After reading an extract from Edmond Roudnitska’s Le Parfum - in which the great nose discusses the importance of cultural conditioning in perfume appreciation - Tauer tickled the guests’ olfactory bulbs with two rose absolutes: Bulgarian rosa damascena followed by rosa centifolia. As is often the way in such gatherings, the substances provoked differing reactions. Although everyone agreed that both were recognisably roses, some found the centifolia smoother, richer and more honeyed than the damascena. Others considered the centifolia much sharper and ‘greener’.
This diversity of views continued when Tauer presented some of the molecules which are frequently used to create ‘synthetic’ rose perfumes. These included citronellol and eugenol. The former is instantly identifiable as rose-like, although it lacks the depth and darkness of a natural rose extract. The latter smells of cloves and occurs naturally in patchouli, ylang-ylang and bay leaf oils, as well as rose otto and jasmine absolute. The usage of both is currently restricted by IFRA, which makes the perfumer’s task of formulating a believable rose scent increasingly difficult. As an aside, Tauer pointed out that the restrictions on eugenol are also responsible, at least in part, for the demise of convincing carnation perfumes.
The most fascinating observations were to be drawn from the ‘finished’ perfumes which were sprayed during the course of the evening: Yann Vasnier and Francoise Caron’s Rose from Comme Des Garcons’ Red Series, Edouard Flechier’s Une Rose for Frederic Malle, Jean-Paul Guerlain’s Nahema for his family line, and Tauer’s own Miriam, released under the new Tableau De Parfums label.
Perhaps unsurprisingly, the Comme De Garcons was deemed the least interesting, with many calling it the thinnest, most synthetic-smelling of the foursome. The response to Une Rose was only marginally warmer, although, as fans of the scent pointed out, this may have been due to the fact that it was being smelt on paper. Flechier’s composition uses a great deal of Karanal, a woody amber ingredient which tends not to reveal its claws until it is applied onto skin.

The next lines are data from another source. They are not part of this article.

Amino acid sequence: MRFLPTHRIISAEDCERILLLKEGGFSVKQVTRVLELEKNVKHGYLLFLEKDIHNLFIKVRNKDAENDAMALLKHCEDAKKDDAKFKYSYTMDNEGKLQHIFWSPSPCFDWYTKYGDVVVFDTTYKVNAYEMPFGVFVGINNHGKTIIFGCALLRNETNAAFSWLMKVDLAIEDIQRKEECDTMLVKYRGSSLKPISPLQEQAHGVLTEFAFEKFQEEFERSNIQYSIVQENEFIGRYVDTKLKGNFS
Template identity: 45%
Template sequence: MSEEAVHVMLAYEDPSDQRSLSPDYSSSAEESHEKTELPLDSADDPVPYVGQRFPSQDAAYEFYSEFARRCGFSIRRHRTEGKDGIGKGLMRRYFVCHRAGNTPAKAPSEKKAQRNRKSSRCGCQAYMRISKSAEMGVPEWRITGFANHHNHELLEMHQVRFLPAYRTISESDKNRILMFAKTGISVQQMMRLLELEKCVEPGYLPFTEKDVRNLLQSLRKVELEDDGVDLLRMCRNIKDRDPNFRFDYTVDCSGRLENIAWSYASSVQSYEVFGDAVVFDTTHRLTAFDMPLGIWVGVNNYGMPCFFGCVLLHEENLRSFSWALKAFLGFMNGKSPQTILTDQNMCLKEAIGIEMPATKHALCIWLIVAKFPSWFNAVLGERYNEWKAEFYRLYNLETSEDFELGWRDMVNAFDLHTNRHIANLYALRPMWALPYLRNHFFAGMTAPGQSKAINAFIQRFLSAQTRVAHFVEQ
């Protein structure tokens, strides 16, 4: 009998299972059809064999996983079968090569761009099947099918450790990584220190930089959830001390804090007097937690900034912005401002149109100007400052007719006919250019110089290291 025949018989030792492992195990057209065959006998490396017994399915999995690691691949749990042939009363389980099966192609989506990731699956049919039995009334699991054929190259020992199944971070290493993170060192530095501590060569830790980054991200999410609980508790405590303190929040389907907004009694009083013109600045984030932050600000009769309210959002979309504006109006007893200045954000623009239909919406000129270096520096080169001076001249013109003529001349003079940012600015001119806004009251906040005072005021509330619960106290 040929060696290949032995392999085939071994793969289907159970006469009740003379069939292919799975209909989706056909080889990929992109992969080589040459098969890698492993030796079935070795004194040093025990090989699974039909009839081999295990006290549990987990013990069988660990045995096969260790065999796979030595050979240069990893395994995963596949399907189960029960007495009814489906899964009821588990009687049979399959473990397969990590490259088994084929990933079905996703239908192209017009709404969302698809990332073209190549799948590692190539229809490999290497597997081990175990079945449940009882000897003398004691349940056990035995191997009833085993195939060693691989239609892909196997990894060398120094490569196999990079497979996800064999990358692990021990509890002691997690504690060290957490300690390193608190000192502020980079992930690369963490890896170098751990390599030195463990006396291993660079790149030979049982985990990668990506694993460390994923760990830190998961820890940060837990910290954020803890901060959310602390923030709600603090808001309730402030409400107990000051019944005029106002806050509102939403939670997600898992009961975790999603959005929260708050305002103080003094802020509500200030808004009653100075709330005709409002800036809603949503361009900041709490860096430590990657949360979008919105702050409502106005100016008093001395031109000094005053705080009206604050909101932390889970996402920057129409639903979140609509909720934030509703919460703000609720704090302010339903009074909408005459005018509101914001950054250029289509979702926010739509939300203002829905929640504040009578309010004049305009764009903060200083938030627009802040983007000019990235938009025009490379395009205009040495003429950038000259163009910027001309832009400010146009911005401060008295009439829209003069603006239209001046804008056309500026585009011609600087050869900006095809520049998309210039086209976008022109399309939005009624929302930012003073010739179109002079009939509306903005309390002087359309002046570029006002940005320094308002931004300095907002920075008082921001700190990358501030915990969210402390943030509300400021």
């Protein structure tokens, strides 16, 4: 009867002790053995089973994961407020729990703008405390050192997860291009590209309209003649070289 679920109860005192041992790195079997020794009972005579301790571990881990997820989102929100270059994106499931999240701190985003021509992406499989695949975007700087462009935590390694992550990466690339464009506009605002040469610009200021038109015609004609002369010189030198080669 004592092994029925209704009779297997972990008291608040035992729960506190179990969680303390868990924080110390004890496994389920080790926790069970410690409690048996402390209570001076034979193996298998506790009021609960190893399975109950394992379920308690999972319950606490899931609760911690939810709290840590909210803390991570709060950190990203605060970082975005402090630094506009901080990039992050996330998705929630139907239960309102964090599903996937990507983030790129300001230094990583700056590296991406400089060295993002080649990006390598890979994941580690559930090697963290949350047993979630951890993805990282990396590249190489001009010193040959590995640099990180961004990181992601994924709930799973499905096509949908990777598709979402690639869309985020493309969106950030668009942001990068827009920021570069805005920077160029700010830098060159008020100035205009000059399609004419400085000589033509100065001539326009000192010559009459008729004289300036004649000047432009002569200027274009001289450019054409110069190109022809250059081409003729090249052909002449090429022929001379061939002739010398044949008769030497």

The Guerlain, considered by many to be one of the greatest rose perfumes of all time, generated a discussion about fashions in smells. Several guests found its peach note quite dated; others were shocked to learn it was created as far back as the 70s. The question of trends tied in with the analysis of Miriam, which uses sandalwood, rose, violets and a hefty dose of aldehydes to produce a decidedly retro feel.
“The fascinating thing,” said Tauer, as the evening drew to a close, “is that we’ve just picked out one ingredient, which is rose. But we could have done the same thing with other ingredients. Orange blossom or jasmine or lavender. This tells you that the world of perfume and perfumery is almost endless.”
He concluded with a plea. “When you are visiting a perfumery, be it Les Senteurs or Harrods, I kindly ask you: don’t trust what they tell you. We perfumers, we are always forced to tell you something. Top notes, heart notes, base notes. But it’s completely irrelevant. The fragrance will always be different from one person to the next. It will be your nose that decides whether there’s rose in it or not. I would really like to invite you to trust your nose. Your nose will tell you whether you smell something interesting, whether you smell something that’s worth investing money in. And whether it’s something that you’re going to wear two years from now.”
The new branch of Les Senteurs is at 2 Seymour Place, London, W1H 7NA.
About the author
Persolaise is a Jasmine Award winning writer and amateur perfumer who has had a strong interest in the world of fine fragrance for over 25 years. You can find out more about his work at www.persolaise.com or by emailing him at persolaise at gmail dot com.